Vignettes Of Ystov
by William Goldsmith
Goldsmith is an illustrator based in Brighton who trained at the Glasgow School of Art. Vignettes of Ystov is his debut graphic novel and is comprised of several short graphic stories, illustrated through pen and watercolour, that seem at first to be about the lives of disparate characters in a fictional Eastern European city but which gradually mesh together as their lives intersect. A page at the start introduces us to the cast list and we will discover as we read 'their everyday absurdities, restraints, and small triumphs' The city's skyline is dominated by one large building, The Trexlar Tower, and it is here that one of the book's major events happens. A man is killed by a discarded coin that falls from the tower's summit and when his apartment is cleared we discover more about this janitor, a secretive man whose converted his apartment into a kind of museum cataloguing not items of great worth but the everyday rubbish that he found through his job. A discarded piece of gum, a 'scuffed silver star', nothing is too small or seemingly insignificant to not be included in his collection, each with its own speculative history like the gum for example which was perhaps 'chewed by a loved-up youth combatting the day's garlicky goulash.'
Another significant character is Eugene Tusk, once a poet and part of the Strombold collective, 'a man in love with all things obscure' who is hired to write the story of the janitor's death. He will also find himself loosely connected with Leopold Weiss, a man always guided by his sensitive nose who began making sculptures of the proboscis after seeing a 'nose so pure he hyperventilated' on the tram one day before being arrested for 'nose crimes'. The exact connections between these men aren't entirely clear until the epilogue which suddenly casts a different light on these vignettes and we realise that each short burst of narrative is an act of creative expression, so important in a rigid society or large city, especially one where the heavy hand of government is never far away.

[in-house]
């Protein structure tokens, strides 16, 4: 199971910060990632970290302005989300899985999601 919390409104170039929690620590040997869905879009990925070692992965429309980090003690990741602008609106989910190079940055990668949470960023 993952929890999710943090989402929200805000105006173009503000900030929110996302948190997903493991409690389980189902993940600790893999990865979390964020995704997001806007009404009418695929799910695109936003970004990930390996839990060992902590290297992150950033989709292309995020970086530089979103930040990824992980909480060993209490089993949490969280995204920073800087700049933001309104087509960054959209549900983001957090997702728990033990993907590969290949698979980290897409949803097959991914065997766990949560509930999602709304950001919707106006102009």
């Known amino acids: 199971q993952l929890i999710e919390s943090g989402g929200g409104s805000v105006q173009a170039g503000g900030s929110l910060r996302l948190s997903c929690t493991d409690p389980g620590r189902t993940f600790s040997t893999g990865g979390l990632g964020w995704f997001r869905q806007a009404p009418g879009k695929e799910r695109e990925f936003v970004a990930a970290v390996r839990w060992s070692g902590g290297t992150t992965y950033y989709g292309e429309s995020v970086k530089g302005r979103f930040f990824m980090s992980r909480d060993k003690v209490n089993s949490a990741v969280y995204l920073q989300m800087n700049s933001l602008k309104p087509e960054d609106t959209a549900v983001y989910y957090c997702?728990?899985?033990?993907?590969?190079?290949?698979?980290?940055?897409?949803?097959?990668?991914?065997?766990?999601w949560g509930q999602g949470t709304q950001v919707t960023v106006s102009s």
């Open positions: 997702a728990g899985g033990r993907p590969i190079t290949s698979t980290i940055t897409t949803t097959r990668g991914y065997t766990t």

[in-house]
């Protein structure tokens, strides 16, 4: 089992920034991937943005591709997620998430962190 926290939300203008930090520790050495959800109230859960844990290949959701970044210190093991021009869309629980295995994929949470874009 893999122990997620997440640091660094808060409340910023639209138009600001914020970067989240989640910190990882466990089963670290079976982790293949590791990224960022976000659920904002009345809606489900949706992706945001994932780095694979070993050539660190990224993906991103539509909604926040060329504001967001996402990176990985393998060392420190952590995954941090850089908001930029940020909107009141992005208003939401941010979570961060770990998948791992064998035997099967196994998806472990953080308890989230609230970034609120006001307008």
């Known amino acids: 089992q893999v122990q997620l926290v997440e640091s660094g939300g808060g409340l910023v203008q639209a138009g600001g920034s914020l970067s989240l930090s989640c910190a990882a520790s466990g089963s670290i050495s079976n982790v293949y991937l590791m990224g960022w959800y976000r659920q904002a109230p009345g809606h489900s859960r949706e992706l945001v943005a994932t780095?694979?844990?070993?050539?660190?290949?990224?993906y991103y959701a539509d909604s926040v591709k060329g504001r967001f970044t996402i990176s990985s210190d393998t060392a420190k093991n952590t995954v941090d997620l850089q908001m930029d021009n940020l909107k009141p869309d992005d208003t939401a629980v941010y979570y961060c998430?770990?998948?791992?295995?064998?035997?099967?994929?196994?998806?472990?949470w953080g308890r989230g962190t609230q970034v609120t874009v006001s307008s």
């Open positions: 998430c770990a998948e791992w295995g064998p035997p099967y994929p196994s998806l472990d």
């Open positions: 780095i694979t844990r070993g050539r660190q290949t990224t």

There is something about this book that reminded me of the films of Wes Anderson. That affection for minutiae (that some might find sentimental) mentioned above is one thing, but each story is also rendered in a dominant colour so that it is a bit like watching a very clearly art-directed film. The brevity of each story also lends them toward my Anderson comparison, he's always been good at providing a few clear details about a character which I was going to call telling before I remembered that the very effect of all that design and thumbnail sketching is that it doesn't tend to reveal much at all. Something of that might have prevented this book from making a huge impact with me but maybe that's a question of asking it to be something it was never meant to be. These are 'vignettes' after all, a very European approach to storytelling with characters appearing and disappearing, each flash giving us a new angle from which to view them from and there is a charm about them that fully merits that cast list at the beginning. If it were a TV series you could almost imagine them all waving to the camera as the titles rolled across: You have been watching....